Talking Self-Driving Cars Roam in Texas
When you learned to drive a car, you learnt the basics like how to turn safely and how to interpret road signs. As you really got experience on the road, you picked up how to talk behind the wheel. Whether by flashing headlights, giving a wave, or thrusting a solitary finger, you now can speak through glass and metal. If the minds at Drive.ai have anything to say about it, talking self-driving cars will take communication on the road to the next level.
In 2016, we reported on Drive.ai’s first efforts to make a talking car. It was as a simple roof-mounted billboard that would flash text and an image to speak, such as the symbol for crosswalk and “safe to cross.” The company learned that wasn’t enough, and the new Nissan NV200 vans it’s testing have evolved to feature signs on the two front panels, the rear door, and the vehicle’s nose to make messages more visible. For example, if the vehicle has indicated to a pedestrian that it’s okay to cross, the back screen will tell impatient traffic that it’s waiting for the crosswalk to clear.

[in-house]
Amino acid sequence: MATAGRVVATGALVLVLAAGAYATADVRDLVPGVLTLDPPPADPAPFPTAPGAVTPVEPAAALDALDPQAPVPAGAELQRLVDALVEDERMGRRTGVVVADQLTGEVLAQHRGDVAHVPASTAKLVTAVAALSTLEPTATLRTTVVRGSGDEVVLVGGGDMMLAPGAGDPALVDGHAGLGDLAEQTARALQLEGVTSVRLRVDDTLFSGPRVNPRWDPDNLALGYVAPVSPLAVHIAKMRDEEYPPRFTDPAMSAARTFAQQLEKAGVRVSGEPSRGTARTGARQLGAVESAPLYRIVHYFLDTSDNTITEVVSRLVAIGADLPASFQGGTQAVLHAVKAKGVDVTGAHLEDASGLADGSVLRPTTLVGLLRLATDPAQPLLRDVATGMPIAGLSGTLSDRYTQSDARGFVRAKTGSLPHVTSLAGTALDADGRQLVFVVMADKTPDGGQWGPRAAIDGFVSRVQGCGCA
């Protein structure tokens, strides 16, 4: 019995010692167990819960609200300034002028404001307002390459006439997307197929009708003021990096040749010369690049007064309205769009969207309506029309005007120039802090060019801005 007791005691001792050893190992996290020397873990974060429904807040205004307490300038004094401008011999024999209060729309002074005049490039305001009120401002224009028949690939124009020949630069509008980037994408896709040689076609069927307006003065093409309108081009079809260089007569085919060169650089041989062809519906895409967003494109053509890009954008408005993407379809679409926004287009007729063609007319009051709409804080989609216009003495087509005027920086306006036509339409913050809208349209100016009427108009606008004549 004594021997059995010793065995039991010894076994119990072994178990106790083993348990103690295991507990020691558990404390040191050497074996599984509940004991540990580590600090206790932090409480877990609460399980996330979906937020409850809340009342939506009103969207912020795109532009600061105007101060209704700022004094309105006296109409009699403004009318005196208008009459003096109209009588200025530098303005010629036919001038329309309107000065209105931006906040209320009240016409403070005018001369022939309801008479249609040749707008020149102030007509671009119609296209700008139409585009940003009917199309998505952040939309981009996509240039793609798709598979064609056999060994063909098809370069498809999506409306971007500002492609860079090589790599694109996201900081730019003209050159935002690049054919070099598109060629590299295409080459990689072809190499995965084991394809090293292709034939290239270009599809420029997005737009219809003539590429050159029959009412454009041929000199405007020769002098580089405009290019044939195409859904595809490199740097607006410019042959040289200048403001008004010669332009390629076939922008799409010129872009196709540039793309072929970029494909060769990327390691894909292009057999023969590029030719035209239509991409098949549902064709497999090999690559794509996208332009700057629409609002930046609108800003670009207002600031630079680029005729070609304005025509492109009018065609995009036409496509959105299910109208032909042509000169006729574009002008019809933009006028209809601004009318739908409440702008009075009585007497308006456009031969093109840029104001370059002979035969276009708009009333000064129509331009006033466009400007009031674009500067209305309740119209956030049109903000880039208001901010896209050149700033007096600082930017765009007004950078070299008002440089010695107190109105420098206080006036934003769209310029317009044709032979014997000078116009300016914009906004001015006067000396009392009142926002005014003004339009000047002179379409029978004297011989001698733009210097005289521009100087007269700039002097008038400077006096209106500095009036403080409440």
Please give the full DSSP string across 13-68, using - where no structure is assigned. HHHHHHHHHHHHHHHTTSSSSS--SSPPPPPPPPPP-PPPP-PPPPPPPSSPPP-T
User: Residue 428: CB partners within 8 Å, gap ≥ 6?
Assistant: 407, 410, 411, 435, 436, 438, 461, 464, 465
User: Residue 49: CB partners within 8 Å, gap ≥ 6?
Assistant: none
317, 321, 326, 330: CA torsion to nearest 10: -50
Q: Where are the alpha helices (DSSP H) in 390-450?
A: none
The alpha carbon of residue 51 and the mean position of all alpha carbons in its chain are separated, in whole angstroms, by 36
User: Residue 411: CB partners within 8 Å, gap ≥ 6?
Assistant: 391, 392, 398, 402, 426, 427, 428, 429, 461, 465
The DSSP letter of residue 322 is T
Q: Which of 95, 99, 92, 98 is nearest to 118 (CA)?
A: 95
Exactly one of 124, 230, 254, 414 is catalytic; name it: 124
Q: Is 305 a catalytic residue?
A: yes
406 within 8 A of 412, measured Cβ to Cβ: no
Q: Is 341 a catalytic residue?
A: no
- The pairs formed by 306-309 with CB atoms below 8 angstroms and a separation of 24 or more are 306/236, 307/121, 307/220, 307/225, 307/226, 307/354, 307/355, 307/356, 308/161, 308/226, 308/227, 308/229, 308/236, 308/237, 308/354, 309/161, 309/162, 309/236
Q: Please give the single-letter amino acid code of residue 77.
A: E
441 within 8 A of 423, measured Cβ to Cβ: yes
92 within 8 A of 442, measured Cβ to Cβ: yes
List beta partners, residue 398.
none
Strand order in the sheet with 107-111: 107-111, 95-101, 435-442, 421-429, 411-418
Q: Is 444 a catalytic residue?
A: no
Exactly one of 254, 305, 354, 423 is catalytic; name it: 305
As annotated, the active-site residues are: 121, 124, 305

Drive.ai’s vans are not just a theory anymore. They have rolled out already in Frisco, Texas, as a shuttle service that connects an office complex to nearby apartments and an arena. A human developer is always in the front seat of the car to monitor the system, especially since developers at the Silicon Valley-based company are still ironing out the wrinkles in their autonomous car technology.
We’ll wait and see what comes out of Drive.ai’s testing in Texas. It’s a good idea to let self-driving cars talk to the vehicles around them to prevent accidents. Hopefully, this will make other automakers consider how their cars “talk” to others.
News Source: Wired